The Snake Pit at Innisbrook: Everything you need to know

March 7, 2017

The Copperhead Course at Innisbrook is known for its narrow fairways and challenging greens, but things heat up when players enter the infamous Snake Pit, guarded by a large bronze – but thankfully, still – statue.

“It’s a navigator’s course,” said NBC golf analyst Mark Rolfing. “You cannot overpower the course. It’s all about the angles there.” And after its restoration in 2015, more of the old-school charm will emerge from the track. 

Last year, Charl Schwartzel topped Bill Haas, eliminating a three-stroke deficit over the last six holes to force a playoff. Despite the South African’s mastery of the Snake Pit in the final round (he went par-birdie-par to finish with a low round of the day 67), the three holes played an average of .598 strokes above par for the week, making it the fourth-toughest closing three-hole stretch on Tour in 2016.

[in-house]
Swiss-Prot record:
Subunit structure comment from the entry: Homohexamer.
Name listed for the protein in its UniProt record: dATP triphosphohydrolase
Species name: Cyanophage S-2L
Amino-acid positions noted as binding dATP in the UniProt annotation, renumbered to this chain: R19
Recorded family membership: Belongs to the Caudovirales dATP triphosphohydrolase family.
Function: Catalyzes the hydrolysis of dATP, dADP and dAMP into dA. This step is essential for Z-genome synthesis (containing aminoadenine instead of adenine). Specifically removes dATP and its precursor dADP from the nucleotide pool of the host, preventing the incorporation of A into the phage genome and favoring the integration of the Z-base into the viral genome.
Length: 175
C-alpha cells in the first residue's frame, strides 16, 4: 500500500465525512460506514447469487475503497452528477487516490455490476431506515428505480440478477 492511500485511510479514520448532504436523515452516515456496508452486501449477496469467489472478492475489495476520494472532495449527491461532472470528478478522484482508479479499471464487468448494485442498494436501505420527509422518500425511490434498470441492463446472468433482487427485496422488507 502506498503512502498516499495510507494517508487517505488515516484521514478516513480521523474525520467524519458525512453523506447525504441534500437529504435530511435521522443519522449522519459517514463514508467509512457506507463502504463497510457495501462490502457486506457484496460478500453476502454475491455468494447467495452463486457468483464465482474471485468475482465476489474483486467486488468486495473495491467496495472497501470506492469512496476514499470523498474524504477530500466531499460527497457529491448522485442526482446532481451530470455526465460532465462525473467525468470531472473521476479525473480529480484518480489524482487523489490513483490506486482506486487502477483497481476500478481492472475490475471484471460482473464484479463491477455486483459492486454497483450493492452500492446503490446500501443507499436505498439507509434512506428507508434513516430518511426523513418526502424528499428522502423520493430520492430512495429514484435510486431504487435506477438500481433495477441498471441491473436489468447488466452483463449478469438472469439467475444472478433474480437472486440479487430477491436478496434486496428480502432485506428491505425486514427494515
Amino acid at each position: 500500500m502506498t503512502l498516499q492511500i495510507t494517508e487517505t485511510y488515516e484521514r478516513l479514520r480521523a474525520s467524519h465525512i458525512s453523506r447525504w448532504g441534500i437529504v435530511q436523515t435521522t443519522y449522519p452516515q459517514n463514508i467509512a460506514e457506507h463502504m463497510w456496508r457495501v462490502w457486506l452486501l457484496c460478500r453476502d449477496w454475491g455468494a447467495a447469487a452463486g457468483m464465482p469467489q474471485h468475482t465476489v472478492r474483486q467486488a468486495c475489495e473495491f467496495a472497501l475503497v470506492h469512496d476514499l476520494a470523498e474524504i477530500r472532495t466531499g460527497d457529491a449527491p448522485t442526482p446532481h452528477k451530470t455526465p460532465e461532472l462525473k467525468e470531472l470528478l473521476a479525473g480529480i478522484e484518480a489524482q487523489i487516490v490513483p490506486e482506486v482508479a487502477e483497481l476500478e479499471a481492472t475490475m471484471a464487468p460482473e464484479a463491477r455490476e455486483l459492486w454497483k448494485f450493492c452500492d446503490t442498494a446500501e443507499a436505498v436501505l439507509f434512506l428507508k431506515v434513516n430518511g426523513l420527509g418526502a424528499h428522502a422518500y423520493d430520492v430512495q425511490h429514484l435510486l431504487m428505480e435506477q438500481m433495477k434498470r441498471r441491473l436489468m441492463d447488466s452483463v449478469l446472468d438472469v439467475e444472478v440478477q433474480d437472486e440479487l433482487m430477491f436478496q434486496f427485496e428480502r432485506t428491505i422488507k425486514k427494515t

Here’s what the pros have to look forward to at this week’s Valspar Championship.

Course: Innisbrook (Copperhead Course), Palm Harbor, Florida
Holes: 16 (par 4), 17 (par 3), 18 (par 4)

Hole 16, “Moccasin” – 460 yards, par 4

Dubbed one of the hardest holes on the PGA Tour, the 16th at Copperhead is not for the faint of heart. A narrow fairway bordered by water on the right and trees on the left leaves little room for error of the tee. Most pros will elect to hit 3-wood into this dogleg right, still setting them up with a long second shot into an elevated green.

Hole 17, “Rattler” – 215 yards, par 3

This hole’s saving grace might be that it’s the largest green on the course – but you have to get there first. The opening is pear-shaped and well protected, so depending on the pin location, this long-ish par three can go from tough to ugly from round to round.

Hole 18, “Copperhead” – 445 yards, par 4

Bunkers line both sides of this track’s finisher, meaning pros need to remain consistent off the tee right to the last hole. The uphill par-4’s green is sloped back to front, posing a tough final challenge to even the Tour’s most seasoned players. Even more so, when there’s a championship on the line.